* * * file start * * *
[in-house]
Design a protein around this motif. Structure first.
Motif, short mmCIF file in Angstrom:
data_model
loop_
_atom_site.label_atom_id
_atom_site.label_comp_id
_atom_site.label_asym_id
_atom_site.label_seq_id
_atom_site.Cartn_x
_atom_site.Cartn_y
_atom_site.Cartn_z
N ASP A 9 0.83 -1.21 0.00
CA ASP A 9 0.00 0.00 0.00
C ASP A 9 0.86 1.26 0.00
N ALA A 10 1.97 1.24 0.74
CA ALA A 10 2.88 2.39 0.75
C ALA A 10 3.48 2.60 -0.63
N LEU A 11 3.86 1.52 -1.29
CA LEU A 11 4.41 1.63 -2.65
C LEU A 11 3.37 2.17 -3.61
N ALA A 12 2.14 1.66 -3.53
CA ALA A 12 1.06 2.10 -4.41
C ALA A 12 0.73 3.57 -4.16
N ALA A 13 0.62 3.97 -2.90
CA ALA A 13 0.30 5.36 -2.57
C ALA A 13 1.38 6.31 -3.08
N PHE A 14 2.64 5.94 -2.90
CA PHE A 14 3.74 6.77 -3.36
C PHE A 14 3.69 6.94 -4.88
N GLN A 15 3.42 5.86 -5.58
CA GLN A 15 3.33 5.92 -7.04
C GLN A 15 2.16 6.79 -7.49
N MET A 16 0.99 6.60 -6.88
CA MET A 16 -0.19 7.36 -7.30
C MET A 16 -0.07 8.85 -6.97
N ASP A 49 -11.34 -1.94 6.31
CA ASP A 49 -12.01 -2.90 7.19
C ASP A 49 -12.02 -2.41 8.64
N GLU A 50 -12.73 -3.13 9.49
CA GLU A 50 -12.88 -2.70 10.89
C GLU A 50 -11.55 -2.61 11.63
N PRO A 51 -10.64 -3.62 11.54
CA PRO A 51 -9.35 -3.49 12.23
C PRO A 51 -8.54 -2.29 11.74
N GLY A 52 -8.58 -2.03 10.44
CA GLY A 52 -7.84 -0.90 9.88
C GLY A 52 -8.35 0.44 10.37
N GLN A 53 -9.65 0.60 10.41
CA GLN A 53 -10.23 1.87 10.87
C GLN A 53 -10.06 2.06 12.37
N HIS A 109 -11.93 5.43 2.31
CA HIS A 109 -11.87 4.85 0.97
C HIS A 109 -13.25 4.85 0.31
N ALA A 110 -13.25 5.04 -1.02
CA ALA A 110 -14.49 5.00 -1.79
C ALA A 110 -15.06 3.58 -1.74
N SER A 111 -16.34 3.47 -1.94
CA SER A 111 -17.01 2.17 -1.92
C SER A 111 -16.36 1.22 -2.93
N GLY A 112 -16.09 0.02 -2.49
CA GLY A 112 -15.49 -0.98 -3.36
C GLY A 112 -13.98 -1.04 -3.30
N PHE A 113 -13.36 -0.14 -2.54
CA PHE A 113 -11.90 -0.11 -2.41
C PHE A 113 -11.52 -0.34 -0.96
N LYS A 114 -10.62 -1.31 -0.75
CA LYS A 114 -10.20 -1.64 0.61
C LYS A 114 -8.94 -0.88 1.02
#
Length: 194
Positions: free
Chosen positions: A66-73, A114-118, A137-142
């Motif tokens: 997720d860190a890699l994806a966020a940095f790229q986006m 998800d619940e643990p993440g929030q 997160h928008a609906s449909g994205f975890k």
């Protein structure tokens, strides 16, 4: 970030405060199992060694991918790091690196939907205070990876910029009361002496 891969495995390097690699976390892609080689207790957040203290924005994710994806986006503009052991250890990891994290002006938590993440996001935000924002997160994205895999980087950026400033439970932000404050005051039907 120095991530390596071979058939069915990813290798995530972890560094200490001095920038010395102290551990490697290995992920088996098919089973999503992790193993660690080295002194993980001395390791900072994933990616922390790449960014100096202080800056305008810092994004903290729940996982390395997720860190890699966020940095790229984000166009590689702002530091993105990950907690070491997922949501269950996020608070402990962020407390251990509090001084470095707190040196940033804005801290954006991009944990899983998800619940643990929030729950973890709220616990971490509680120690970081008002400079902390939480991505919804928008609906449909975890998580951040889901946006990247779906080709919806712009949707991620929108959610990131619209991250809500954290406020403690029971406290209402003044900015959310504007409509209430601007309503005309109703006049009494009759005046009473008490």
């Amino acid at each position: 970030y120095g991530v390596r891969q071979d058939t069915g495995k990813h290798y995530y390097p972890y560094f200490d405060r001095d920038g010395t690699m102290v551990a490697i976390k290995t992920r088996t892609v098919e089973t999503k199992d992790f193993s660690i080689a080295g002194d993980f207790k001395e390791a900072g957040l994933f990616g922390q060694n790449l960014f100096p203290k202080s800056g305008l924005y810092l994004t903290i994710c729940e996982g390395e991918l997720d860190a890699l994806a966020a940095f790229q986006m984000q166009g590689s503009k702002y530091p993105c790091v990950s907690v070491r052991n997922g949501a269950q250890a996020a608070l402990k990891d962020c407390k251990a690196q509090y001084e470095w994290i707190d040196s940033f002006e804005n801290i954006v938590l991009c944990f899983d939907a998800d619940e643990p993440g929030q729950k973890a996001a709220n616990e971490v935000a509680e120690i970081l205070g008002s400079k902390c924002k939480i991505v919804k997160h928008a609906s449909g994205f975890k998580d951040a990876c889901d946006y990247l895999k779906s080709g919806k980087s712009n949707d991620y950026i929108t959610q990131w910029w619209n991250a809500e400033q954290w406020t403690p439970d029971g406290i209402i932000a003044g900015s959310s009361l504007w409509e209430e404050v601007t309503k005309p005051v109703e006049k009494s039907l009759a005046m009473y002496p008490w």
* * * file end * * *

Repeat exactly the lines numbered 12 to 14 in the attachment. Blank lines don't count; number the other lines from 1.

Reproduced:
_atom_site.Cartn_z
N ASP A 9 0.83 -1.21 0.00
CA ASP A 9 0.00 0.00 0.00